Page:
Recommendation A15-01

Reassesssment of the response to Aviation Safety Recommendation A15-01

Reporting of number of infant and child passengers travelling by air

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Background

On 22 December 2012, the Perimeter Aviation LP, Fairchild SA227-AC Metro III (registration C-GFWX, serial number AC650B), operating as Perimeter flight PAG993, departed Winnipeg/James Armstrong Richardson International Airport, Manitoba, at 1939 Coordinated Universal Time (1339 Central Standard Time) as a charter flight to Sanikiluaq, Nunavut. Following an attempted visual approach to Runway 09, a non-precision non-directional beacon (NDB) Runway 27 approach was conducted. Visual contact with the runway environment was made and a circling for Runway 09 initiated. Visual contact with the Runway 09 environment was lost and a return to the Sanikiluaq NDB was executed. A second NDB Runway 27 approach was conducted with the intent to land on Runway 27. Visual contact with the runway environment was made after passing the missed approach point. Following a steep descent, a rejected landing was initiated at 20 to 50 feet above the runway; the aircraft struck the ground approximately 525 feet beyond the departure end of Runway 27. The 406 MHz emergency locator transmitter activated on impact. The 2 flight crew and 1 passenger sustained serious injuries, 5 passengers sustained minor injuries, and 1 infant was fatally injured. Occupants exited the aircraft via the forward right overwing exit and were immediately transported to the local health centre. The aircraft was destroyed. The occurrence took place during the hours of darkness at 2306 Coordinated Universal Time (1806 Eastern Standard Time).

The Board concluded its investigation and released Aviation Investigation Report A12Q0216 on 29 June 2015.

Board Recommendation A15-01 (June 2015)

According to the International Civil Aviation Organization, in 2013, the number of passengers carried rose to 3.1 billion, which is 4.5% higher than for 2012Footnote 1. In terms of domestic scheduled air services, all regions experienced an increase in traffic, and markets overall grew by 5.1% in 2013. North America is still the world's largest domestic market with 45% of the world domestic scheduled traffic. There are no statistics on the number of infants and children travelling.

Transport Canada statistics show that passenger traffic at Canadian airports increased 2.9% in 2013, to reach 85.2 million enplaned and deplaned passengers. Domestic, Canada–U.S., and other international traffic increased year-over-year by 2.8%, 4.4%, and 1.6%, respectivelyFootnote 2. The number of infants and child passengers travelling by air is not available.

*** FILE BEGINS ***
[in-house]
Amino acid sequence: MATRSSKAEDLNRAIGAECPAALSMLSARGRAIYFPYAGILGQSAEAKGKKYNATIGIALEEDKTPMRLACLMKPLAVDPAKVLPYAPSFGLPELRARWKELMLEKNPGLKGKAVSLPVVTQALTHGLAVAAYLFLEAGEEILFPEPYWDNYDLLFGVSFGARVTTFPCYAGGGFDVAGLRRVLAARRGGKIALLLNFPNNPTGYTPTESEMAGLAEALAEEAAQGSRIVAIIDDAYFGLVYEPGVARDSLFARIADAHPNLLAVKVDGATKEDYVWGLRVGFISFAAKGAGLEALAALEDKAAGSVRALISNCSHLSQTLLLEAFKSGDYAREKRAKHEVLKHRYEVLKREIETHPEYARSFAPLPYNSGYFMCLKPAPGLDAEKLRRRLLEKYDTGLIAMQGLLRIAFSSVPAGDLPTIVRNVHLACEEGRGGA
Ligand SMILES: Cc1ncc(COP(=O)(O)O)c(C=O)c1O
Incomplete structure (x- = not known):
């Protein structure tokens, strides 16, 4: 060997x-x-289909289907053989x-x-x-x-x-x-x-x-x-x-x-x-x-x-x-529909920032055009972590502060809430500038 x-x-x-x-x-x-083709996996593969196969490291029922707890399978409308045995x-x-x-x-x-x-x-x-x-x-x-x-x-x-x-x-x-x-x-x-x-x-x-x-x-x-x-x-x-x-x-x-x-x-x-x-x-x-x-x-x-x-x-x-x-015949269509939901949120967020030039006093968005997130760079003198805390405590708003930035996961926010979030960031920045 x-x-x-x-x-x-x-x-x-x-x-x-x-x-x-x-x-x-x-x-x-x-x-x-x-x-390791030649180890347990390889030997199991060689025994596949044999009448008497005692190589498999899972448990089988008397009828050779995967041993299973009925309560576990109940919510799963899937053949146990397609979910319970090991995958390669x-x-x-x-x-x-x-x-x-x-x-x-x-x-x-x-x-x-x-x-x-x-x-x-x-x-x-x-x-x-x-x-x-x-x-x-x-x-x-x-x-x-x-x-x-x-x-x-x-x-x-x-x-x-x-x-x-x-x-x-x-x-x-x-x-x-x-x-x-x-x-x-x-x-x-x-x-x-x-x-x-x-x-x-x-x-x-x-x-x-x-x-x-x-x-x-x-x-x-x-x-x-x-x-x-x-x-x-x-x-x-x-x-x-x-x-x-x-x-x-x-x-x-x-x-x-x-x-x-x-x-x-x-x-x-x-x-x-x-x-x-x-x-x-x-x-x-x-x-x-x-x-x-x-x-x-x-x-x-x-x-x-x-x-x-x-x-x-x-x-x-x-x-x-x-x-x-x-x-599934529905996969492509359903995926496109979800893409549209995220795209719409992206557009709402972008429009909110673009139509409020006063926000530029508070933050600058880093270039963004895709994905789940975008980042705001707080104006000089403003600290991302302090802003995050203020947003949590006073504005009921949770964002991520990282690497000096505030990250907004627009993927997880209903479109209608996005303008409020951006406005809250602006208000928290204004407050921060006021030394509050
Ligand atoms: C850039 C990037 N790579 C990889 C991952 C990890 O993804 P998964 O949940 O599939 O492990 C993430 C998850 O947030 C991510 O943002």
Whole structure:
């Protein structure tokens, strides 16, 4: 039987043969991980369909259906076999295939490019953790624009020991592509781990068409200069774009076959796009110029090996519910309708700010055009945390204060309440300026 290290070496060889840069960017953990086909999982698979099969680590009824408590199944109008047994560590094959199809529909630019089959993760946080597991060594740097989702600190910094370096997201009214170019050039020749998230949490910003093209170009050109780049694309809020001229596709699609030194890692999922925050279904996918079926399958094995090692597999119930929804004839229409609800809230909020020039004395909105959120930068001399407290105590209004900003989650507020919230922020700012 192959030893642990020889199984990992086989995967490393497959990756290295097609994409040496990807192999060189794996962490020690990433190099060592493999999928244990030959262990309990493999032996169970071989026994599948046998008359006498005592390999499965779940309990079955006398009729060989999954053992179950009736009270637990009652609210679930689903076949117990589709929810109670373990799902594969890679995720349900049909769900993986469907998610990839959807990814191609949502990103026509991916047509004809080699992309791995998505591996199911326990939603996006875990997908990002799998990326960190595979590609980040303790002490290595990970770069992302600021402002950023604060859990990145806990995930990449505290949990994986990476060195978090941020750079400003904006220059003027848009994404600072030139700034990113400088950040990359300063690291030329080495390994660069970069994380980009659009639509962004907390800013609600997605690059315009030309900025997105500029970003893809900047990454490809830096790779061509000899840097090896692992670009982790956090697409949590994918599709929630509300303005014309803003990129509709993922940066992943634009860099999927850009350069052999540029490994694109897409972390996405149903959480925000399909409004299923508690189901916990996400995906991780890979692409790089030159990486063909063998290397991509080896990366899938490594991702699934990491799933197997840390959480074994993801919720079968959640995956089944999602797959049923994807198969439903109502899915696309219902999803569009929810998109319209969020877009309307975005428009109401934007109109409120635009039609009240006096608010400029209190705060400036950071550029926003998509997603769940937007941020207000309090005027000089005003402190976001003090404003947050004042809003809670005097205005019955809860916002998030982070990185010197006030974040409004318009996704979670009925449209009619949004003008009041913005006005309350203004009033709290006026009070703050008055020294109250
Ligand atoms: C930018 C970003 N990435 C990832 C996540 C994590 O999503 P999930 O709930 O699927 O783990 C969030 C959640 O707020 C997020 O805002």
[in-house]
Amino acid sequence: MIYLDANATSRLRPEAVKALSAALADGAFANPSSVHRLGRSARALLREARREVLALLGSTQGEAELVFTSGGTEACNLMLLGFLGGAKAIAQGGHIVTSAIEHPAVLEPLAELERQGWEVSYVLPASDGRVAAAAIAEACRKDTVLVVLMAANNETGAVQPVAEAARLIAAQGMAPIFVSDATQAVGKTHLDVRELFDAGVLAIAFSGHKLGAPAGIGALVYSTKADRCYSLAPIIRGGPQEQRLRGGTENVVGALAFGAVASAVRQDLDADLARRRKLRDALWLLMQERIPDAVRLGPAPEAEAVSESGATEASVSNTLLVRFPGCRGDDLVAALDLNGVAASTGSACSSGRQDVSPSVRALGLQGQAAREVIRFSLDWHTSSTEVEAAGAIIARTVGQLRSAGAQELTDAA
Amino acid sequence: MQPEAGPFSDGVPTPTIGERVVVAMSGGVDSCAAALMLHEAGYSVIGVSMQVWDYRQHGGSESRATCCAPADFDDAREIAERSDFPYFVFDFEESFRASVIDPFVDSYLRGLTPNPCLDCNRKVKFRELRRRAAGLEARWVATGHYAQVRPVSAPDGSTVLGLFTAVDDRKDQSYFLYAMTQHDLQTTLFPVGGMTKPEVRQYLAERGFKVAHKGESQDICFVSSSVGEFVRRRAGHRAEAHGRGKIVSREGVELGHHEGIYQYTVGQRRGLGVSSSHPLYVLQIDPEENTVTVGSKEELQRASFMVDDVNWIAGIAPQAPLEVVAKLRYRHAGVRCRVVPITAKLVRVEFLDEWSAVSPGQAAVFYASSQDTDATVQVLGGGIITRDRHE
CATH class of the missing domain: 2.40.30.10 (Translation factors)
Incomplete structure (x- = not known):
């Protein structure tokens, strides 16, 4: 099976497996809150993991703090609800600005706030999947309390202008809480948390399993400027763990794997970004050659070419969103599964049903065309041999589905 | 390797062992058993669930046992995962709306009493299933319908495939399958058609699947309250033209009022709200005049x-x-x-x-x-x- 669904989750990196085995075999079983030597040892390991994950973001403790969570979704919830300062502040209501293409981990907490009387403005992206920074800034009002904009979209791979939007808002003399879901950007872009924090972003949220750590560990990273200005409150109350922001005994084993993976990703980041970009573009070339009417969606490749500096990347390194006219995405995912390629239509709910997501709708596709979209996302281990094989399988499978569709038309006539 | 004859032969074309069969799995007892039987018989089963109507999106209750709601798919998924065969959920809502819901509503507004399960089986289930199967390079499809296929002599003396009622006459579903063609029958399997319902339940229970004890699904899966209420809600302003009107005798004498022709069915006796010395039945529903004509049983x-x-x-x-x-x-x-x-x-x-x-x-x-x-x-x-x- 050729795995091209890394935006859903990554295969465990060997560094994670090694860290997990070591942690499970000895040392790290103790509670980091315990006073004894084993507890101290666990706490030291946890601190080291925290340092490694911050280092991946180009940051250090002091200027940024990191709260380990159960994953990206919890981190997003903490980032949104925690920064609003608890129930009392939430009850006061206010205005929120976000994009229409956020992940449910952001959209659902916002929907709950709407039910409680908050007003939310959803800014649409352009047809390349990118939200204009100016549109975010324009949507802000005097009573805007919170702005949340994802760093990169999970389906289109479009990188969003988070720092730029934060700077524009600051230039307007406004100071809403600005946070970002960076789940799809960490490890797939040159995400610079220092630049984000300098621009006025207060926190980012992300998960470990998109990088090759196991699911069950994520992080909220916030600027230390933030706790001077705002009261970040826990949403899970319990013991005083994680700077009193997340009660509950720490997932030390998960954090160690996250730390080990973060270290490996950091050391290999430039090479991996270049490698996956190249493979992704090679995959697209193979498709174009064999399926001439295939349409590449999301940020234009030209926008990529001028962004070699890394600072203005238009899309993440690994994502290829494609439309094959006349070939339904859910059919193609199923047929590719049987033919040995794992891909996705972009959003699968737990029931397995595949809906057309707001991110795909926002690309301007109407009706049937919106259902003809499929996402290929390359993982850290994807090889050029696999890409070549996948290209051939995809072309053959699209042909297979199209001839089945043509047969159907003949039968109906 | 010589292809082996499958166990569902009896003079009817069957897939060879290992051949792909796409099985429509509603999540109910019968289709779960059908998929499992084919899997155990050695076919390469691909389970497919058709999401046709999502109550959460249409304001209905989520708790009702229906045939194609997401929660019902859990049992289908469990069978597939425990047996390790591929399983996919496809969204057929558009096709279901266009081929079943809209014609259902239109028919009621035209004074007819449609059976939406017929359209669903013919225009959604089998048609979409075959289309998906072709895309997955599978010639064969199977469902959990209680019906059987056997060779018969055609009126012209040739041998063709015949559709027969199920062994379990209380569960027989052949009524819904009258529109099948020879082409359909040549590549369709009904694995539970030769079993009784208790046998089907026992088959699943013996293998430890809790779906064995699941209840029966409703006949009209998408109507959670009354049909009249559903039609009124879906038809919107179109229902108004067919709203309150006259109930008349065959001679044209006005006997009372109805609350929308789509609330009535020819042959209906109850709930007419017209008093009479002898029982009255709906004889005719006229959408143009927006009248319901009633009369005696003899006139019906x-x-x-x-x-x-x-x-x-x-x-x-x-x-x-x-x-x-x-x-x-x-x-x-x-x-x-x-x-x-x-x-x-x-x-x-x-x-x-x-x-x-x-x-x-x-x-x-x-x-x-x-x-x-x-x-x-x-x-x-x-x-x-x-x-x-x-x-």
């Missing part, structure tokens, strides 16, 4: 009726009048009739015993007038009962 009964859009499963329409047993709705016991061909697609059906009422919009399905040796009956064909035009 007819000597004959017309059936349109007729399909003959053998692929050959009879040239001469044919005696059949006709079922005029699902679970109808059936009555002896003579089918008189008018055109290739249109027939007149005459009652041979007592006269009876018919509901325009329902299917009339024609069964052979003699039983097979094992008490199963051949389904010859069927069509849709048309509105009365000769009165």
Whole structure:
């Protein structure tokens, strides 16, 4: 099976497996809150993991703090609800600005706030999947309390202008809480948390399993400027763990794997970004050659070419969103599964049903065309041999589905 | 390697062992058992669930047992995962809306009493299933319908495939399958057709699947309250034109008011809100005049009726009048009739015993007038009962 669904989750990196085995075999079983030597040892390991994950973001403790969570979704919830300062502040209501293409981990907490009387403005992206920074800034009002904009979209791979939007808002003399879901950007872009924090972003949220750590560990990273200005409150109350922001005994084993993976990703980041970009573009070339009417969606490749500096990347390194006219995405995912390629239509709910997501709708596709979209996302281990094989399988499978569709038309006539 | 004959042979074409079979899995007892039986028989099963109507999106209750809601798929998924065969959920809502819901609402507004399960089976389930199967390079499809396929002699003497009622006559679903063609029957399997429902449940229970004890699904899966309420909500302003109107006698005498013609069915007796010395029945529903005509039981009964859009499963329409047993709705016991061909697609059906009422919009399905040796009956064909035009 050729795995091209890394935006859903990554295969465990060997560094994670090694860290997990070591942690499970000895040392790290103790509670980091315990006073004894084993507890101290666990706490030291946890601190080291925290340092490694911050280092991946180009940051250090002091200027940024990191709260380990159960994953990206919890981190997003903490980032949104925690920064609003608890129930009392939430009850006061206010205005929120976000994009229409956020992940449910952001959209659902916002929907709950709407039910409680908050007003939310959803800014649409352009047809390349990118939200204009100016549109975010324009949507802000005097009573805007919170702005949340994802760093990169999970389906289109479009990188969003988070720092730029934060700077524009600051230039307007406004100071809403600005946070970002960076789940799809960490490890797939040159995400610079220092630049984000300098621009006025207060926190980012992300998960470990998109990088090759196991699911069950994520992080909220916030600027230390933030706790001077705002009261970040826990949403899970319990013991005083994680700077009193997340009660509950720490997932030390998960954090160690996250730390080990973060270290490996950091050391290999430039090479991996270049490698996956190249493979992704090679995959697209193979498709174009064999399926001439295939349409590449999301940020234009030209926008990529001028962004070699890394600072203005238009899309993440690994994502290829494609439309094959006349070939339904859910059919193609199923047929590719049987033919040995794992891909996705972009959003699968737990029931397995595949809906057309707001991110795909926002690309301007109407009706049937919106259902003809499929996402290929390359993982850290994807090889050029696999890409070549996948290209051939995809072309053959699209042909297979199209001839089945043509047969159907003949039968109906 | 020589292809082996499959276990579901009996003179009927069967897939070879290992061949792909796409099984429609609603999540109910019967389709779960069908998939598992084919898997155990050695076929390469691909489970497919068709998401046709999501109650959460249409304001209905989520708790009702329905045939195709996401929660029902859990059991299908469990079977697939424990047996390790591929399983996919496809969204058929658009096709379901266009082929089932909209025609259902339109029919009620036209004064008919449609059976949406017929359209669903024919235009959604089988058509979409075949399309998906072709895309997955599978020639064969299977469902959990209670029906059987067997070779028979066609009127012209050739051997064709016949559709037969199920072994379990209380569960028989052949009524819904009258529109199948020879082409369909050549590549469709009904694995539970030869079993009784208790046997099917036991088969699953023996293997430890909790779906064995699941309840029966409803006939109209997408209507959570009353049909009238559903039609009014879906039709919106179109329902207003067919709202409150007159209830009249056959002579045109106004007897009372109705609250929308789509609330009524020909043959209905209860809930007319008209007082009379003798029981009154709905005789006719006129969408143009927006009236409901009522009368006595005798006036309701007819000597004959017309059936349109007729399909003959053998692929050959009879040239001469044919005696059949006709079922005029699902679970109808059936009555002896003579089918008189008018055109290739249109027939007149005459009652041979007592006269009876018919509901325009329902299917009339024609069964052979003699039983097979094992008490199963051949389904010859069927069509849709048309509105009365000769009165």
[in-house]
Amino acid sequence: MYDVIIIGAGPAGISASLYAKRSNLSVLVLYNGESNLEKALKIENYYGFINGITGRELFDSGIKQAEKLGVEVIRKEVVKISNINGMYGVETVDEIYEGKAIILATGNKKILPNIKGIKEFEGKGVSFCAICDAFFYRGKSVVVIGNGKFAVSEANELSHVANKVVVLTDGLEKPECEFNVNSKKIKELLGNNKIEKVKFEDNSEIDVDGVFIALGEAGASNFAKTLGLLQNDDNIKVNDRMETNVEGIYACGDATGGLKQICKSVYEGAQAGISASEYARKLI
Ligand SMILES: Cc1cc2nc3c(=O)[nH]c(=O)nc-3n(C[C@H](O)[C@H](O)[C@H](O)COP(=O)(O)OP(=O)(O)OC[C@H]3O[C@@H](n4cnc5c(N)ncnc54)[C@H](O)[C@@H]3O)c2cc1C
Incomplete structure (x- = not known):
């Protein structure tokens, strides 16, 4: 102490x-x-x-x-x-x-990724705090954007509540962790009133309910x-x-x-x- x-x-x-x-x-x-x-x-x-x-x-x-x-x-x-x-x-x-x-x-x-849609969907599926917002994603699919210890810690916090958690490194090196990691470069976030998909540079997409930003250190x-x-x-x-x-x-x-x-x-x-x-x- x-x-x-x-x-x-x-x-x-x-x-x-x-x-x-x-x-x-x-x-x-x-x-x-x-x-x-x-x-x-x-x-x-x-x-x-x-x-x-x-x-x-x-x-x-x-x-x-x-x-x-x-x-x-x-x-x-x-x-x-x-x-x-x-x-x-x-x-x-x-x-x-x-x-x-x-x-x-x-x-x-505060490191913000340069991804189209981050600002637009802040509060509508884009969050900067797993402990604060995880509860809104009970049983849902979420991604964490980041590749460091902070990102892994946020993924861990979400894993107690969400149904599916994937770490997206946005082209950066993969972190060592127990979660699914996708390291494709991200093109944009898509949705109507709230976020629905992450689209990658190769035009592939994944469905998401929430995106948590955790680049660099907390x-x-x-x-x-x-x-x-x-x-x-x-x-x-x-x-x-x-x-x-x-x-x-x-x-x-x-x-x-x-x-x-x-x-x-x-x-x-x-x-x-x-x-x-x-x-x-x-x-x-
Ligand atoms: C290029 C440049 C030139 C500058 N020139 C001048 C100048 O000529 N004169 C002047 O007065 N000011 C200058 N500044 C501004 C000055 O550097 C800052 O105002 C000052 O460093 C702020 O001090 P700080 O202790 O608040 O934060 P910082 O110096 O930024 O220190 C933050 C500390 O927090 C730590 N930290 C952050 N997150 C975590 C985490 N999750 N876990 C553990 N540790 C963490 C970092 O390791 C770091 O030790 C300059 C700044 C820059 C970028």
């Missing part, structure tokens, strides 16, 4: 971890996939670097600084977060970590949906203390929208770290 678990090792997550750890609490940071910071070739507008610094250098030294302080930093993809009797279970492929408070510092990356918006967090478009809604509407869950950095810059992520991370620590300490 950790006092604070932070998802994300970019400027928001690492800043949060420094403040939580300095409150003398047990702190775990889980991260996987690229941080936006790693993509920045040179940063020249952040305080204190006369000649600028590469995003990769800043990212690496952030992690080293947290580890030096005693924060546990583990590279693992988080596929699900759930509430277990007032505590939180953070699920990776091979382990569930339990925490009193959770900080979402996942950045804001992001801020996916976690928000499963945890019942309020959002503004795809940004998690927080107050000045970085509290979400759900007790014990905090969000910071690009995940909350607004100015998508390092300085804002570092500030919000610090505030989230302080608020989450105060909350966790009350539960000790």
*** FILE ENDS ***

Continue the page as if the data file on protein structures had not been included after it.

Currently, under the Transportation Information Regulations, Canadian air carriers must provide a wide range of information on their overall operations to the Minister of Transport. However, information on the number of infant and child passengers travelling is not required to be reported. Historical information supplied by Perimeter and 3 other air carriers in the course of this investigation indicated that infants 0 to 2 years old and children 2 to 12 years old made up nearly 14% of their total passenger loads.

Data relevant to the number of infants may be available but not stored for easy retrieval, and the number of children (under 12 years old) travelling is contained within the number of passengers. As a result, the exact number of infants and young children travelling on board an aircraft, and whether or not infants are carried on a guardian's lap or in a separate seat, is not available and makes it difficult to properly assess infant and child passenger exposure to air travel.

Until better data collection is required, the industry will be unable to conduct research, assess risks, and outline emerging trends related to the carriage of infants and children. If more complete data on the number of infants and children travelling are not available, there is a risk that their exposure to injury or death in the event of in-flight turbulence or a survivable accident will not be adequately assessed and mitigated.

Therefore, the Board recommends that:

The Department of Transport require commercial air carriers to collect and report, on a routine basis, the number of infants (under 2 years old), including lap-held, and young children (2 to 12 years old) travelling.
TSB Recommendation A15-01